The History of Shit

The new release from MIT Press delves into a subject that may spark an e-coli scare. Rubber gloves and a face mask are unnecessary but an interest in virtually unmentionable acts and socially uncomfortable ideas could be useful.

According to Dominique Laporte’s treatise the History of Shit one of the most significant results of human production is also its most base. Analyzing society and culture from the bottom up, no pun intended, Laporte historically documents the relationship human beings have had with their own feces and the resultant norms, laws, rituals, inventions and even architecture and landscape architecture. As the author states, “To touch, even lightly, on the relationship of a subject to his shit, is to modify not only the subject’s relationship to the totality of his body, but his very relationship to the world…and society.”

Originally published in 1978 during the post-student revolt days in France, this work is a part of a theoretical ideology that hoped to produce unique and innovative ways to scrutinize the world. Scatology, as a tool for cultural analysis, could easily be dismissed for its shock value or novelty. Though often comical and seemingly mocking of academic discourse, the History of Shit overcomes such a dismissal because of its thorough and compelling presentation of the topic.

Edicts demanding the removal of shit from language and from the city, cults worshipping shit, shit as skin toner, the social status of shit, the smell of shit, shit as detergent, shit ingested for longevity and, most important, shit as commodity or resource—just a few of the ideas that play a part in Laporte’s discussion of the constantly fluctuating involvement people have with excrement.

Throughout the book, “shit” is described not only as a literal meaning but also as a metaphor for the unwanted. In this way, shit is more of a concept regarding objects, ideas and practices that have been dubbed undesirable by a given society. This allows Laporte’s thesis to have wider reaching implications while providing interesting documentation of the ways shit has been managed and used, sometimes frighteningly, by various cultures.

In our age of recycling it is poignant that a treatise on waste and embodying a theme of, “one person’s shit is another person’s gold,” can be weighed for its significance. The History of Shit becomes a tome metering humankind’s lack of foresight and its ambivalence when is comes to waste. As Laporte points out, “that which occupies the site of disgust at one moment in history is not necessarily disgusting at the proceeding moment or the subsequent one.” Standing on the shoulders of the past, as we do through Laporte, the view of history’s shit piles remind us of a valuable lesson. That lesson is, and should be remembered as a fundamental tenant of environmental stewardship, that possibly within our own modern day crap or waste or by-product or filth is a resource yet overlooked.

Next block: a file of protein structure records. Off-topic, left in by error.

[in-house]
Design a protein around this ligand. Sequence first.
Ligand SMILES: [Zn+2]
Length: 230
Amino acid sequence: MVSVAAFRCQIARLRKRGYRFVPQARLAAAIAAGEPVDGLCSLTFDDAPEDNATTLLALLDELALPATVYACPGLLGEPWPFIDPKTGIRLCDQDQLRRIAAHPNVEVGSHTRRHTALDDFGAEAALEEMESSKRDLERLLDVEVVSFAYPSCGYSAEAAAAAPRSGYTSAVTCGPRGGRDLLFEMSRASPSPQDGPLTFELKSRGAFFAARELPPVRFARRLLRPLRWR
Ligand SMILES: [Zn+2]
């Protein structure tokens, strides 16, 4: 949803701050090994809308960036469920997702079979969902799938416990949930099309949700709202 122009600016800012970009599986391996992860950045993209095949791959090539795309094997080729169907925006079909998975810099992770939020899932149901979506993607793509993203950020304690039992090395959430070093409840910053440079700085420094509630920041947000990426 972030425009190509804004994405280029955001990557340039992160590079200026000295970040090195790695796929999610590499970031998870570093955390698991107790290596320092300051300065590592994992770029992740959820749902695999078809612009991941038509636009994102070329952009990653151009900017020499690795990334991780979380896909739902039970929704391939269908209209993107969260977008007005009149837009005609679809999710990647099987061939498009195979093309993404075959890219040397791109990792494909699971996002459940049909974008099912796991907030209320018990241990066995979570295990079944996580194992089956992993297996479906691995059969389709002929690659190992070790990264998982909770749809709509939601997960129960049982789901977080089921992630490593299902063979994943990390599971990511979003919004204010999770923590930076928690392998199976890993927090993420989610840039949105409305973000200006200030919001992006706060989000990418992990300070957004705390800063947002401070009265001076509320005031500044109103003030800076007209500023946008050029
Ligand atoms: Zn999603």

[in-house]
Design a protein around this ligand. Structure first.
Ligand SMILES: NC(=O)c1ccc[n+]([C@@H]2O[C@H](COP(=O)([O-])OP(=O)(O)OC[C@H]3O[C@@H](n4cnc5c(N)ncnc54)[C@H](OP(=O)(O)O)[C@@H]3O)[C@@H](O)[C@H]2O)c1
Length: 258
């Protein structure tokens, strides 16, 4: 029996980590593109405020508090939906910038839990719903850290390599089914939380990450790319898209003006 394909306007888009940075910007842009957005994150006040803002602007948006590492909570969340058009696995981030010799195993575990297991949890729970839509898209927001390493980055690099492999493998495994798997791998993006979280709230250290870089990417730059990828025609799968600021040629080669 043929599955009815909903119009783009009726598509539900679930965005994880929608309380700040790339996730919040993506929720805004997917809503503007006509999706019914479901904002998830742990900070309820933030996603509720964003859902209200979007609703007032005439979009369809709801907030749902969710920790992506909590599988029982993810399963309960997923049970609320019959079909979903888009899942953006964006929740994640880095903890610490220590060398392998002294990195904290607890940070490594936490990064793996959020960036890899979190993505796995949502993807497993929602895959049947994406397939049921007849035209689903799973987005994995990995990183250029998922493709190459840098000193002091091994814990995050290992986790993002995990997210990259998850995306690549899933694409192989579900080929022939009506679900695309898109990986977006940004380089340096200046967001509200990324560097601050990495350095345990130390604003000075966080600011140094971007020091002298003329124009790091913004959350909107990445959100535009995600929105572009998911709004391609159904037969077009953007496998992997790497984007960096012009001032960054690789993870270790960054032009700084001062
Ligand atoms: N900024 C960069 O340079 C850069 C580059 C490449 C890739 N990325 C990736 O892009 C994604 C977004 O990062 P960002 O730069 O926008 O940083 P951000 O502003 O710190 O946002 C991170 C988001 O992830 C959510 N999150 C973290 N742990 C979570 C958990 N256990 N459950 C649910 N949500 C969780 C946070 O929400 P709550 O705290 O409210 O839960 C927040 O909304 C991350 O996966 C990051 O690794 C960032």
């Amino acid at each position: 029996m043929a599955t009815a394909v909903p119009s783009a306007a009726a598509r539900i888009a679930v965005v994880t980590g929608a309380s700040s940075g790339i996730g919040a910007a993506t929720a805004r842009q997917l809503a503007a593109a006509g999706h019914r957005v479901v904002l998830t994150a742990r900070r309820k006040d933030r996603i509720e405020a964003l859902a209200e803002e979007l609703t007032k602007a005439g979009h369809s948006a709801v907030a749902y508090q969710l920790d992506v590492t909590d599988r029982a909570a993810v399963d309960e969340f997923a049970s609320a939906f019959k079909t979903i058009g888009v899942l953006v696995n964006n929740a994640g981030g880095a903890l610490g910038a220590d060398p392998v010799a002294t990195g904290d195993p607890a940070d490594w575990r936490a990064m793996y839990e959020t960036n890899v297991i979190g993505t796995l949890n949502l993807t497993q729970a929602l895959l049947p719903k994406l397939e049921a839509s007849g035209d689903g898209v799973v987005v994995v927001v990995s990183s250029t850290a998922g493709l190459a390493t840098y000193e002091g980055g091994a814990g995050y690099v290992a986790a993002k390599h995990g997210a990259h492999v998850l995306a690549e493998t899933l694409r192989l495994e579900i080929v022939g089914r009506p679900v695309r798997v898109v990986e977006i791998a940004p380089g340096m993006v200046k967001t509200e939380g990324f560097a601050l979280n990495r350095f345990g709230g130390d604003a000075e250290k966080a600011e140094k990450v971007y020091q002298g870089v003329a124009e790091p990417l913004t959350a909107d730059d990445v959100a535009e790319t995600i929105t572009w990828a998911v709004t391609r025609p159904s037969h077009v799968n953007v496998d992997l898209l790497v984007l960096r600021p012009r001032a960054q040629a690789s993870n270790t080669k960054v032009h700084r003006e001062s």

Here we can make a leap from Laporte’s ideology to the practices of architecture, landscape architecture and urban design. Though such correlation is not often strongly made in the text, carry over of the idea is not difficult and lends itself to imaginative possibilities. As populations continue to boom, the idea of a wasted (shit) space becomes impossible and impractical. We must continue to consider that instead of eating up undisturbed areas we should pursue designs that reuse and reclaim places once discarded. Vacant lots, nuclear test sites, mines, decaying structures and abandoned amusement parks, to name a few, are rife with opportunity to become valuable again.

Further discussion and investigations into the unusual perspectives broached by the History of Shit will expand contemporary thinking and hopefully promote proactive uses of shit (the unwanted and the discarded) instead of repeating historical misfortunes.